A health and safety investigation by Hounslow Council has resulted in leisure club David Lloyd being fined.
Published: Wednesday, 16th November 2016
A health and safety investigation by Hounslow Council has resulted in leisure club David Lloyd being fined over £350, 000 after pleading guilty to an incident where a five-year-old boy was almost fatally injured in one of their swimming pools.
The high-end fitness firm notified the Council’s health and safety officers of the incident at its Heston branch, Southall, in February 2013 where Blakeney Dear, formally of Hounslow was ‘drowned/ asphyxiated’ at a ‘kids holiday active’ session. It is the biggest fine that has been given in any investigation brought by Hounslow Council.
The near tragedy occurred after Blakeney, a non-swimmer was allowed to take part in the half-term swimming activity without armbands, which went against the club’s rules for non-swimmers or ‘poor’ swimmers.
Staff were directly informed by Blakeney that he could not swim but despite this, he was not constantly supervised during the two-day swimming activity he took part in on 19 and 20 February 2013.
On the second day of his activity session, staff failed to support Blakeney in the water and he lost his ability to keep himself afloat with any floatation aid.
This resulted in him being found underwater by another child taking part in the activity, who was asked by the lifeguard to go over and tell Blakeney to stop ‘bobbing’ up and down in the pool.
It is estimated that Blakeney was underwater for approximately five minutes before being pulled out and given CPR by the club’s lifeguard. CPR was also undertaken by paramedics when they arrived.
Blakeney was kept in hospital under observation for two nights but sustained no lasting injuries.
The council’s investigation found a series of failures that led to the incident taking place.
Staff working on day one of the activity who became aware that Blakeney could not swim failed to act when they realised he had no armbands and none were available at the club.
This critical information was not passed to the Family Active Co-ordinator. As a result, staff working on day two of the activity were also unaware of Blakeney’s inability to swim before the activity started. When one of the team members became aware, after he told her, he was still allowed by staff to stay in the pool.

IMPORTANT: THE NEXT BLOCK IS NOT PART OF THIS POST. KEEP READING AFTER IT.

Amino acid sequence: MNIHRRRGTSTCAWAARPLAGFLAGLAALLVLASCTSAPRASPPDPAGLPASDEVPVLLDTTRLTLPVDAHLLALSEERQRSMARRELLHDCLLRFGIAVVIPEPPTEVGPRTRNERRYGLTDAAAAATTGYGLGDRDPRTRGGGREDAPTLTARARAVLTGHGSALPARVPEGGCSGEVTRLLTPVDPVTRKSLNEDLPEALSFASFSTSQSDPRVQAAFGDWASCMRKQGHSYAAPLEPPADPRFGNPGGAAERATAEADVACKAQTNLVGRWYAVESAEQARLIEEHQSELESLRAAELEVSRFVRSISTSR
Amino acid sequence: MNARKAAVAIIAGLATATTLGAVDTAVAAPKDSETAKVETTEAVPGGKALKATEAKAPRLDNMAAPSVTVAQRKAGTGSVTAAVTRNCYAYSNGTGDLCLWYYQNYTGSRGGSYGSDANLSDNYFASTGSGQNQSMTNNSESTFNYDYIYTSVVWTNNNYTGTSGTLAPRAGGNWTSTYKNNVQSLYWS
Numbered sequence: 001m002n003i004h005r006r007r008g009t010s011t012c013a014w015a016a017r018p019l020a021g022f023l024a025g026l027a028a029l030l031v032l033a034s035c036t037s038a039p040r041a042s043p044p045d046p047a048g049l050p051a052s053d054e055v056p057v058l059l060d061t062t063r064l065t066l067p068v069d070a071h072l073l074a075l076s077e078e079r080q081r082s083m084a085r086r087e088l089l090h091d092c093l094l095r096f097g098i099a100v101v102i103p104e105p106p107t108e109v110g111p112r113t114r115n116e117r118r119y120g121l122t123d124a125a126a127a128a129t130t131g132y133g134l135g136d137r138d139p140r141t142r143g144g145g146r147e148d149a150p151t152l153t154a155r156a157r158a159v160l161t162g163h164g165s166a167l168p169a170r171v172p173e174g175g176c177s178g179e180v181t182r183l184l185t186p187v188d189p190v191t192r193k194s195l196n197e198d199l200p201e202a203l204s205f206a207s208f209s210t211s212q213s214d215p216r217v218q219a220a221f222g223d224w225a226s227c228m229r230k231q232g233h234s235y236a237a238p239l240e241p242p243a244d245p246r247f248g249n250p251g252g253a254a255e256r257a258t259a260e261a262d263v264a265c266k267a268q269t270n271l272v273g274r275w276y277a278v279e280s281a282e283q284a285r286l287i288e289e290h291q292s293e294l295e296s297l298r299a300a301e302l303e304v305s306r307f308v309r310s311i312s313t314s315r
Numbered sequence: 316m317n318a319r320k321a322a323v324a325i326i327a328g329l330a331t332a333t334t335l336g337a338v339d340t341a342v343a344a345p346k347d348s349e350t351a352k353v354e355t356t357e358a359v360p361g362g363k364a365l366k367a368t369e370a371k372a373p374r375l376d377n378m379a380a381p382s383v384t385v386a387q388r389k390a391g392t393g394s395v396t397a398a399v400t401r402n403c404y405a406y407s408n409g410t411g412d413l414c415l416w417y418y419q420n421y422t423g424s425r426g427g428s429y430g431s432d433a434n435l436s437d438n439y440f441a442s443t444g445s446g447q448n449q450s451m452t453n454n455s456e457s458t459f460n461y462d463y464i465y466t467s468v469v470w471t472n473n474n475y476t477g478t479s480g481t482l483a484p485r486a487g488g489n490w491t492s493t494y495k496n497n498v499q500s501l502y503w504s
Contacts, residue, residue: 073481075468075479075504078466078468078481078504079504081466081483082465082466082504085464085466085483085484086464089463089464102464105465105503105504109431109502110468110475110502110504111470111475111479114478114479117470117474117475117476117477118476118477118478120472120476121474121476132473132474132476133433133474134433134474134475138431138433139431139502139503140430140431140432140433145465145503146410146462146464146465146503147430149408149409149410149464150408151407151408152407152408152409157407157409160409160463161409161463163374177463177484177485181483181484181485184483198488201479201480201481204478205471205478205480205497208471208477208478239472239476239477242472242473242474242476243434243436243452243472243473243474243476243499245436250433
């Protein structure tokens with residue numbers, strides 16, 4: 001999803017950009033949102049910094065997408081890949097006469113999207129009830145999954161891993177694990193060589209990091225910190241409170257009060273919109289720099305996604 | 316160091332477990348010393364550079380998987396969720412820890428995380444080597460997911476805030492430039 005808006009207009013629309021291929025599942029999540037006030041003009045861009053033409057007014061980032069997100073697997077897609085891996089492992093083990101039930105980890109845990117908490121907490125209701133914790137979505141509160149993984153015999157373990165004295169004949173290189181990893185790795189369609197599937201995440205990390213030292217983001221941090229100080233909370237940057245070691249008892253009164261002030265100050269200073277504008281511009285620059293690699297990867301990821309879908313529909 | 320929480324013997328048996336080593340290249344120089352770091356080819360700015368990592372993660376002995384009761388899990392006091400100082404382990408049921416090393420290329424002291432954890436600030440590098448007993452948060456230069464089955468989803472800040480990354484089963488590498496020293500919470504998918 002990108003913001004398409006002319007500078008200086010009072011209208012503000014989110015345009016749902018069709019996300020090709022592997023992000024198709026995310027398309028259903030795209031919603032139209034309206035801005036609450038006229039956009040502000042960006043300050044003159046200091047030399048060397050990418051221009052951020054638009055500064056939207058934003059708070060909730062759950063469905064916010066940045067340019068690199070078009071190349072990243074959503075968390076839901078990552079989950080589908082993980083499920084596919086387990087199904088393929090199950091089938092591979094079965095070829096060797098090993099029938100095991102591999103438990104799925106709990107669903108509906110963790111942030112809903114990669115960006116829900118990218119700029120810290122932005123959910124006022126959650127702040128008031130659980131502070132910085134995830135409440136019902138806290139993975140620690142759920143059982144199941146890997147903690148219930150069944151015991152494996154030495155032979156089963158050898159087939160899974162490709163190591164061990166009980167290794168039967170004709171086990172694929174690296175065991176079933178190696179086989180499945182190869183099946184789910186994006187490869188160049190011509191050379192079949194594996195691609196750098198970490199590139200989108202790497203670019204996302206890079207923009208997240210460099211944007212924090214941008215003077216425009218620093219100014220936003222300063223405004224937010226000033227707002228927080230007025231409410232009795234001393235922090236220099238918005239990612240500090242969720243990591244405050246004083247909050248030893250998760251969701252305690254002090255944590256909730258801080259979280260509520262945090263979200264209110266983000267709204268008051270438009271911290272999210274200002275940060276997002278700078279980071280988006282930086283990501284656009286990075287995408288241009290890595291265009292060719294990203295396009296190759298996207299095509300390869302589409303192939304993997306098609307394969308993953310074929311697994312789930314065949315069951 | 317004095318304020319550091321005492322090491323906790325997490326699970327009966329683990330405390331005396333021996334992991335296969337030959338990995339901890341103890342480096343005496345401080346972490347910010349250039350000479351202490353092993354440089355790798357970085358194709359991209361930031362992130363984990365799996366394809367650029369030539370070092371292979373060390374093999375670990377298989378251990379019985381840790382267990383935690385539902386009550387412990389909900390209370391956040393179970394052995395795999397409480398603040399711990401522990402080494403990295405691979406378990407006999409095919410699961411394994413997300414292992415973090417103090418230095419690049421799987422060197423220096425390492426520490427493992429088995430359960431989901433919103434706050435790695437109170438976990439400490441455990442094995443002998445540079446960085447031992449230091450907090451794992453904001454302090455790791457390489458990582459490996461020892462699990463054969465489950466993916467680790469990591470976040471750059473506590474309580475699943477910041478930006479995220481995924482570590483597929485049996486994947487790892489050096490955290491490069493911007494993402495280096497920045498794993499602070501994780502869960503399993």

The significant difference on day two of the activity was that the team member in the pool advised Blakeney and two other non-swimmers to come to her if they needed a Woggle [floatation swimming aid].
The team member in the pool failed to constantly supervise Blakeney for most of the time he was in the pool. Significantly, without any physical support from the staff member in the pool or use of a floatation aid, Blakeney’s standing height was below the depth of the water level, which was 1.2 metres deep.
Blakeney initially had a floatation aid and was seen holding onto the poolside wall but eventually lost his ability to stay above the surface of the water once he drifted away from the poolside.
As a result of the investigation’s finding, David Lloyd Leisure was charged with an offence under s.3(1) of the Health and Safety at Work Act (1974) for failing at its Heston-based club on 19 to 20 February 2013 to have taken all reasonably practicable measures for Blakeney’s safety while he was engaged in swimming sessions.
David Lloyd was fined £330,000, ordered to pay £22,131.75 in court costs and a victim surcharge of £120, with the overall amount of £352, 251.75.
Councillor Sue Sampson, Cabinet Member for Community Protection, Hounslow Council, said:
“This serious incident could have resulted in a fatality. Thankfully the child involved has suffered no lasting consequences.
“The Council’s thorough investigation has shown that the activity was meant to be run in a structured way, but instead the children were allowed into the pool for “free play” sessions.
“The situation could have been avoided if the club had ensured that staff given the role of running and supervising the swimming activity, and parents enrolling their children to take part, were made aware that children should either be competent swimmers or needed to wear armbands at all times.
“Lessons have been learned by all involved and David Lloyd’s guilty plea has shown how seriously they have treated the incident.”
A spokesman for David Lloyd said: "The safety and security of our members is our number one priority, and we would like to express our deepest and most sincere apologies to Blakeney and his family for the distress caused.
"It was an unacceptable breach of our child safety policies and we want to reassure everyone that we have taken stringent measures to ensure that it doesn’t happen again.
"Following our investigation, we have extensively reviewed our safety policies to ensure the well-being of children in our clubs continues to be safe-guarded at all times.
"Those policies are embedded into the training that all team members working with children undergo, and we take firm and immediate action if any of the processes are not adhered to.
"We can confirm that the team members supervising the session are no longer with the business."